3. I don't agree that games can change the world, fundamentally.  I tend to agree with this week's lecture, that life isn't a game and that games don't generally have consequences, but real life does and for that reason it's important to separate play from real life.  Having said that, games can teach people certain skills such as collaboration, problem solving, hand/eye coordination, etc.  An example would be fighter pilots, who play fighter pilot games to help them train for real-life flying of a plane.  But the consequences within the game if they mess up, are different to the consequences if they mess up in real life.


Wednesday 5 January 2011

Bargain online shopping sites I've found (thanks Gerry Harvey)

Following on from yesterday's post, there has been plenty of online discussion and a rather large Twitter smackdown directed at Gerry Harvey, which has been somewhat amusing.  According to Assistant Treasurer Bill Shorten in the Age today, ''Online retail sales account for about 3 per cent of all retail sales in Australia and it is estimated that between 20 per cent to half of these sales relate to overseas purchases'', which the Age interprets as "meaning overseas online sales could be as little as 0.6 per cent of total retail sales."  Of course, now that Gerry & co. have chosen to spend $200k on spreading the word and consumer's reactions are now splashed across every newspaper in the country, it's only a matter of time before more people clue in on how much cheaper it can be to shop online and that percentage rises.
Here's some of the things I've learned this week:
  • Appliances are much cheaper online (and they're Australian).  OK, I already knew this but let's spread the word!
  • has free worldwide shipping and their book prices are WAY lower than anything you can find in Australia (thanks Herald-Sun).
  • has loads of running shoes and free shipping if your order is more than US$75.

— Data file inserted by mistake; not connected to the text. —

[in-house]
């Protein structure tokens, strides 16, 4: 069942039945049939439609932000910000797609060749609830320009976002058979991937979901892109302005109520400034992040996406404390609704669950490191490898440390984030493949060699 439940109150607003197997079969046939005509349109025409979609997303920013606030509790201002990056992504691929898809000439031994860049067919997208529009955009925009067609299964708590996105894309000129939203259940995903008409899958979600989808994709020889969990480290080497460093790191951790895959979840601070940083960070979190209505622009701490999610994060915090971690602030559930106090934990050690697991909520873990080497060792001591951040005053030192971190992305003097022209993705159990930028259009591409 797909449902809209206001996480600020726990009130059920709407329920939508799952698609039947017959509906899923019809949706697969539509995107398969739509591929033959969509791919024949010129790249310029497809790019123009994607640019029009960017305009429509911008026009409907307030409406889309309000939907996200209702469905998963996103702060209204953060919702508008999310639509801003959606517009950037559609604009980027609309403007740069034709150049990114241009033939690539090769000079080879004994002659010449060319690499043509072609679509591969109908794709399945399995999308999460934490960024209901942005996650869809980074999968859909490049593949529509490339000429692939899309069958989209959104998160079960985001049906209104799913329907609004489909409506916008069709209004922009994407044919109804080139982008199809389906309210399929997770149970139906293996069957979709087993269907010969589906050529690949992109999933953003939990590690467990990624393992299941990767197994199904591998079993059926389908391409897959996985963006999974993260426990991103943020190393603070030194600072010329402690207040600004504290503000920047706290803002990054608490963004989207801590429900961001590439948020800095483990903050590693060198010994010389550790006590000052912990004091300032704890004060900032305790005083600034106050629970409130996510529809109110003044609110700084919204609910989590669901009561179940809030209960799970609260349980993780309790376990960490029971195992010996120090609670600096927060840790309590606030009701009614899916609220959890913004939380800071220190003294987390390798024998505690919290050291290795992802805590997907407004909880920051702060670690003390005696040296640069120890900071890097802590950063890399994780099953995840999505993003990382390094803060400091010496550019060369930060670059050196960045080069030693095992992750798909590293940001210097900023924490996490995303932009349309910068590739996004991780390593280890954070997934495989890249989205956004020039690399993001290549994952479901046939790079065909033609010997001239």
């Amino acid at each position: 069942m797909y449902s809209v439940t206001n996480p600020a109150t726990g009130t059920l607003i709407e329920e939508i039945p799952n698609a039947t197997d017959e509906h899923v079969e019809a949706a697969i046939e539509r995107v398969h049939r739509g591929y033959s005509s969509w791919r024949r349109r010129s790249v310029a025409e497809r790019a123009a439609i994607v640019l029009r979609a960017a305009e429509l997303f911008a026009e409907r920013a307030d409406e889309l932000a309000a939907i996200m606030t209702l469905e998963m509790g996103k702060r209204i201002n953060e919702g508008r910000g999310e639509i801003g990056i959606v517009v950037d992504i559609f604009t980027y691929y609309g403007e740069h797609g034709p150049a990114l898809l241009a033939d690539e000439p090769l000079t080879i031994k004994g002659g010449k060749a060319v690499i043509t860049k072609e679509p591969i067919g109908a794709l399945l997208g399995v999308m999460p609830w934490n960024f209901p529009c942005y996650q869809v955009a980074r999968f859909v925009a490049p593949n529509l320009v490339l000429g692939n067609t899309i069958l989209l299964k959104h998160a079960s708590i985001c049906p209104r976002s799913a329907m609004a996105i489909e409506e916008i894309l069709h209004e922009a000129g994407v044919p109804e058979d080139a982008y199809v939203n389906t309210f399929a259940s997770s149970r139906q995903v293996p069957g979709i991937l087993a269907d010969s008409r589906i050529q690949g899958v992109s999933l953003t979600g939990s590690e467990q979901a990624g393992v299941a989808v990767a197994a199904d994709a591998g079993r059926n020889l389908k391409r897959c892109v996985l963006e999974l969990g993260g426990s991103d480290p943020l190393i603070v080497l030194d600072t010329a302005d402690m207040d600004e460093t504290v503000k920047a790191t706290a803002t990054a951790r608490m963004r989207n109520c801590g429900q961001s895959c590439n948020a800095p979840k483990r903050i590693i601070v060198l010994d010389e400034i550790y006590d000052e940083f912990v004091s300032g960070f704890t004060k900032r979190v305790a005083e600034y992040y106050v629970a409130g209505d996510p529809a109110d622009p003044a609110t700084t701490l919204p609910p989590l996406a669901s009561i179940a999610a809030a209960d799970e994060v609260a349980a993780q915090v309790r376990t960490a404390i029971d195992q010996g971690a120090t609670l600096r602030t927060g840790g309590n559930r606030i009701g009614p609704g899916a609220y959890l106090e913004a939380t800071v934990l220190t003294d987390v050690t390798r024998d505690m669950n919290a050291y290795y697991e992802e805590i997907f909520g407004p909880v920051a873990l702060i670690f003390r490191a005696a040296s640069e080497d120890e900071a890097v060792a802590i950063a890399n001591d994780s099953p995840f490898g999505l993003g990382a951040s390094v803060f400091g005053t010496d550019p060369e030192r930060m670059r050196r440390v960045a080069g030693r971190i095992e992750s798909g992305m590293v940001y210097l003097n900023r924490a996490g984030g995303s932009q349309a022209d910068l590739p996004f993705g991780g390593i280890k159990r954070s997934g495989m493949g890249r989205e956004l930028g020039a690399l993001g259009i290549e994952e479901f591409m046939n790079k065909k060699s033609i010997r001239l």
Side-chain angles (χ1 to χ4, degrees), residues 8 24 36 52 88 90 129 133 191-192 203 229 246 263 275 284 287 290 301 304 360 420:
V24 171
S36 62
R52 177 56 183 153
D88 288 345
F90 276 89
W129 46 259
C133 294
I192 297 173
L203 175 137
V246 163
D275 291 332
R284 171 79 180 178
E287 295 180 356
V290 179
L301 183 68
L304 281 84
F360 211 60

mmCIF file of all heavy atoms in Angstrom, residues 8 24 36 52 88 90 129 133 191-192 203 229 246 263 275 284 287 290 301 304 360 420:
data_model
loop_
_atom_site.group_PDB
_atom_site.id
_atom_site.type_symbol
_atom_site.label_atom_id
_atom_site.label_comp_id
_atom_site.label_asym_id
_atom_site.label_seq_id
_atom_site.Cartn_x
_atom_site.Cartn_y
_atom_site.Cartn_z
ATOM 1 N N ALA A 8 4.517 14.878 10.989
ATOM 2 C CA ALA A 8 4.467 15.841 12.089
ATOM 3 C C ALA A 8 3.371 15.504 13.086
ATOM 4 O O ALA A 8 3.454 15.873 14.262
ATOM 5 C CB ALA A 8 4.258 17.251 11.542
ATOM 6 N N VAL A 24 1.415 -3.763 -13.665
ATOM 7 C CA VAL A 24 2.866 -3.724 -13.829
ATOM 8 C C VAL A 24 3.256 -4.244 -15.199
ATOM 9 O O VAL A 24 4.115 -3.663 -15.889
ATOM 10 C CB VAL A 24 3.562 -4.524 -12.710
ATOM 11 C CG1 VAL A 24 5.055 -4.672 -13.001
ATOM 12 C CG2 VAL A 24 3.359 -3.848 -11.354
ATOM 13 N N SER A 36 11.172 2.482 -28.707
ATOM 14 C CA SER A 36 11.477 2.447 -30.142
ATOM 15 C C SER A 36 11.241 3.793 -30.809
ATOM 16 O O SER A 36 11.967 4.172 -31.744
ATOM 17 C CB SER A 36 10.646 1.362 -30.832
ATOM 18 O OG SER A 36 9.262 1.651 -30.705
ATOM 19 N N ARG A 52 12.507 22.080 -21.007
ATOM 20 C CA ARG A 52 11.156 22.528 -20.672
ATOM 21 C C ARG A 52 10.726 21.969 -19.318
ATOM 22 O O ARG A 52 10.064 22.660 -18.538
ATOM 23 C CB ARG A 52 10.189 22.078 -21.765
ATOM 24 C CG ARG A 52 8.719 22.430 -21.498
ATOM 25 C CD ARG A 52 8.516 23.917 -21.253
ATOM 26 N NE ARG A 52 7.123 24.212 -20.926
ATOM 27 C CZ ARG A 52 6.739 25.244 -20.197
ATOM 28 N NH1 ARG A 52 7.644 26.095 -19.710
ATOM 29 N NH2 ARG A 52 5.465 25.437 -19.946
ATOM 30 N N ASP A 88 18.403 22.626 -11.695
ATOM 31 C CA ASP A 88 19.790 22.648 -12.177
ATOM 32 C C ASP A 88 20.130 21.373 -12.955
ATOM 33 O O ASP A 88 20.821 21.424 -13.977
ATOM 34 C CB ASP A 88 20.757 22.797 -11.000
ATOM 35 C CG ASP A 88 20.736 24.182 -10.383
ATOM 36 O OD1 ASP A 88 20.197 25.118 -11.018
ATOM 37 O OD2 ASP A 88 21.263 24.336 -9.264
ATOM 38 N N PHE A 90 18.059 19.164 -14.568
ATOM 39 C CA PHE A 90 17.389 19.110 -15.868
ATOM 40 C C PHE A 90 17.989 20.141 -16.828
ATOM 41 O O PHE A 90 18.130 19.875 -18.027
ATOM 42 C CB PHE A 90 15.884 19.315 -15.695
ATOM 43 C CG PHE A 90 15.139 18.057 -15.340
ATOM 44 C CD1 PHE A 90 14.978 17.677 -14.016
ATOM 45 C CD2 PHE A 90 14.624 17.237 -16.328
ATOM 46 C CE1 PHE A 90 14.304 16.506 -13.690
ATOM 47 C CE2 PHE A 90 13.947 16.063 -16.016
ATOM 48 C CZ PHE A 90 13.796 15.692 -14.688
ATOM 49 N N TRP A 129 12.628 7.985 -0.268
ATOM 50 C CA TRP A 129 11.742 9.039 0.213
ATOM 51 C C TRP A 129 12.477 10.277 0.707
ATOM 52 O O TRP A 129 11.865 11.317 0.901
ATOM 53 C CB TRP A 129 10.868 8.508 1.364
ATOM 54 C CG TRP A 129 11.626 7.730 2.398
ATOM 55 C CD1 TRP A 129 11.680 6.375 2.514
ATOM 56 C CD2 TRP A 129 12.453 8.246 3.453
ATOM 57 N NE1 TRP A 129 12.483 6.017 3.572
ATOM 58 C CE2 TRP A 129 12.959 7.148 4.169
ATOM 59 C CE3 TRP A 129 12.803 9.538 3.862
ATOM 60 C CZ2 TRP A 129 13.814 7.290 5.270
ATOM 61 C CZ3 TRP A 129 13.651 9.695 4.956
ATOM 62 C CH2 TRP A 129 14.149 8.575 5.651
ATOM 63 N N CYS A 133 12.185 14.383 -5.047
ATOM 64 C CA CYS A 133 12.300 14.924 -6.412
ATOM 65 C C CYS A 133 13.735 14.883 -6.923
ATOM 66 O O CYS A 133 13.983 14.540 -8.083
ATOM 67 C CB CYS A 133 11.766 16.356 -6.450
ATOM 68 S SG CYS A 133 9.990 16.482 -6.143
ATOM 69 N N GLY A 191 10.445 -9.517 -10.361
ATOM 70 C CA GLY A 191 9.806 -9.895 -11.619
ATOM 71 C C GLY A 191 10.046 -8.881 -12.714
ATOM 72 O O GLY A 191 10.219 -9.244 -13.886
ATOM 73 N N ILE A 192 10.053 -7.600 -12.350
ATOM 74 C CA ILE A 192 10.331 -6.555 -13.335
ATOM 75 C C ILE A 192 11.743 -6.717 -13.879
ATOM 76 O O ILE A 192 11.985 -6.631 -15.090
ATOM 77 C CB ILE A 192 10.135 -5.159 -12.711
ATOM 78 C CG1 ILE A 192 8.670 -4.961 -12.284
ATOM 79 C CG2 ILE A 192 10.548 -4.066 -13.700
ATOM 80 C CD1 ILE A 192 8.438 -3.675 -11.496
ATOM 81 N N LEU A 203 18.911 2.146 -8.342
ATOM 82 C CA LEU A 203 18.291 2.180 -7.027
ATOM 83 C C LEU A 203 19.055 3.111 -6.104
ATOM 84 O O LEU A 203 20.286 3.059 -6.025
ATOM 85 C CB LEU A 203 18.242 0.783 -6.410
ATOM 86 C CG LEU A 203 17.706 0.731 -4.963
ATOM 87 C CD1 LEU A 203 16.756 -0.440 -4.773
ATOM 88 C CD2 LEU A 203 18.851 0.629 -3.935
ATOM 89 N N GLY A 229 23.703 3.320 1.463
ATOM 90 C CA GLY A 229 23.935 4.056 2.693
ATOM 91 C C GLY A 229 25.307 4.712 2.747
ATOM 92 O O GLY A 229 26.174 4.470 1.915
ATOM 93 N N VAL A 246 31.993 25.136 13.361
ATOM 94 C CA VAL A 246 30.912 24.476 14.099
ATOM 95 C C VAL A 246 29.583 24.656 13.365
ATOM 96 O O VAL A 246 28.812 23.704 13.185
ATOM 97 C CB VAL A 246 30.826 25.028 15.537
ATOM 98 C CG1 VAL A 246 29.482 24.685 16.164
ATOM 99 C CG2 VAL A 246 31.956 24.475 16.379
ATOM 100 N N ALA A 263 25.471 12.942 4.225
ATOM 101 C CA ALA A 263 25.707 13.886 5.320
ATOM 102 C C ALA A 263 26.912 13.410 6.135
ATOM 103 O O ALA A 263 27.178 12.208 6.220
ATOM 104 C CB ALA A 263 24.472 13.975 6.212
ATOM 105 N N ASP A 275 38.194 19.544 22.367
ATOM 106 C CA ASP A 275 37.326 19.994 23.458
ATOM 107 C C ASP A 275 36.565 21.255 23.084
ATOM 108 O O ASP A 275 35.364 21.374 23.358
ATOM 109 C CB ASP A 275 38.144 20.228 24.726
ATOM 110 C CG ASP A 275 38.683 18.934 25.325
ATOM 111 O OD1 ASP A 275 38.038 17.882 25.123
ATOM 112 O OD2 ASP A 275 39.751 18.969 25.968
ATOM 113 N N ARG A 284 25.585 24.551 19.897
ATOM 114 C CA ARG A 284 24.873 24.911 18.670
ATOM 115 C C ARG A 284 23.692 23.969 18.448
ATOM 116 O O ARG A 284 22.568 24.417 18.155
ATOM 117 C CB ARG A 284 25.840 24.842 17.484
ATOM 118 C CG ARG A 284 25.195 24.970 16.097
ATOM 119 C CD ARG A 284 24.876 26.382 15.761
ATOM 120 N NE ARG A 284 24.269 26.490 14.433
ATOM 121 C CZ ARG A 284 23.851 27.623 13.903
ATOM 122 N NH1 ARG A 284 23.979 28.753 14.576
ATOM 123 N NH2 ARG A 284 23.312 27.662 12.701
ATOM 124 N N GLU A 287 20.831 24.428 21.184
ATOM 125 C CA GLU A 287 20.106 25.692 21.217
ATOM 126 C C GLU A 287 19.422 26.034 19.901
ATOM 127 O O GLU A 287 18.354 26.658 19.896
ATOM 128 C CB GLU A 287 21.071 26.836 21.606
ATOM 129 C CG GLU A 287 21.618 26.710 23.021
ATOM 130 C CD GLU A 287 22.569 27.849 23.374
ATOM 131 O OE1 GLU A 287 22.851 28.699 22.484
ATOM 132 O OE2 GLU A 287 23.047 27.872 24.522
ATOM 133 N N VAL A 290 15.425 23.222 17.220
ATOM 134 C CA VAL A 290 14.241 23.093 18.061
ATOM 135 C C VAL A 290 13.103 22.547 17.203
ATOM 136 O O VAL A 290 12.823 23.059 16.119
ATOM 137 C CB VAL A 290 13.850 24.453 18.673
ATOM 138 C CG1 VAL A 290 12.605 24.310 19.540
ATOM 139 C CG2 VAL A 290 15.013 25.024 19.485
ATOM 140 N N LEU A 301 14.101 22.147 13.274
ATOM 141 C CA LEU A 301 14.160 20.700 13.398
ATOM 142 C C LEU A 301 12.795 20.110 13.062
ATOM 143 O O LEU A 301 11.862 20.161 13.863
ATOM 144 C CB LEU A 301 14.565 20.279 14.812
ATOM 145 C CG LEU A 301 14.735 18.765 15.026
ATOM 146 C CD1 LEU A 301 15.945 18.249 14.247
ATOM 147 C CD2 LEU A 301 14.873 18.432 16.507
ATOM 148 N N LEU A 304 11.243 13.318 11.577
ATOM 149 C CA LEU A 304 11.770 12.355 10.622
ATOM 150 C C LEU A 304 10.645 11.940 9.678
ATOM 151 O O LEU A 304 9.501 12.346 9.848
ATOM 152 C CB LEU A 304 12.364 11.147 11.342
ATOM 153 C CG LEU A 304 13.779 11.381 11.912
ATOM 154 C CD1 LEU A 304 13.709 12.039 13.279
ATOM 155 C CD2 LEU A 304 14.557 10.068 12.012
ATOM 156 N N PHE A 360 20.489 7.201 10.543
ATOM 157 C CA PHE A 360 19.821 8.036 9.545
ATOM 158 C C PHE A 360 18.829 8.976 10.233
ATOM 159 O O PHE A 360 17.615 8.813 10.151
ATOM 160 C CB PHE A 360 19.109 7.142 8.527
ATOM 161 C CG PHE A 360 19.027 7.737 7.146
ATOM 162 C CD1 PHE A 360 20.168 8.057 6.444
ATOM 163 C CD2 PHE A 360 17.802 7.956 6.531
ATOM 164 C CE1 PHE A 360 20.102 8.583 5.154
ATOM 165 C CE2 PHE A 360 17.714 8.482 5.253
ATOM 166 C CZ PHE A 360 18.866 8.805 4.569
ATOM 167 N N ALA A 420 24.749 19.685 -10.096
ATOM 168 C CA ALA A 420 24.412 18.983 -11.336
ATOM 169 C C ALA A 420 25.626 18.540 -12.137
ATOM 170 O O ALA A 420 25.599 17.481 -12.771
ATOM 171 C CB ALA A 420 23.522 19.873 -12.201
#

• If you're into designer, online outlets in the US such as Shopbop are awesome.
And the old favourites:
  • rocks, always (got a box set of the Chronicle of Narnia a few weeks ago at almost half the price of any Australian retailers).
  • eBay can be great for bargains, but know your brands and beware of fakes - always read a seller's feedback before you bid.
I'll add more as I come across them in the media.
Nicky xo

Tuesday 4 January 2011

Australian retailers greed

This is the type of nonsense that I woke up to this morning:

Led by a bunch of fat-cat millionaires and multi-millionaires who are suddenly seeing their MASSIVELY overinflated margins being slowly chipped away by *gasp* that nasty old Internet.

Today I bought a new washing machine at price - $596, including free delivery and removal of the old one. Harvey Norman price - RRP $899. Gerry Harvey, you may be a millionaire but you are also a moron - it's not "overseas" retailers creating an uneven playing field, it's your own over-priced stores full of under-trained staff who "just have to go and ask someone" that are the issue. GET WITH THE PROGRAM AND BUILD A DECENT WEBSITE... and stfu. Thank you.

PS: Just found this article at Delimiter that says it better than I can!

PPS: I'm still giggling at the irony that the Australian government introduced a GST 10 years ago, with no obvious thoughts about the concept of international retail, even though it was at least 5 years after eBay was well and truly established...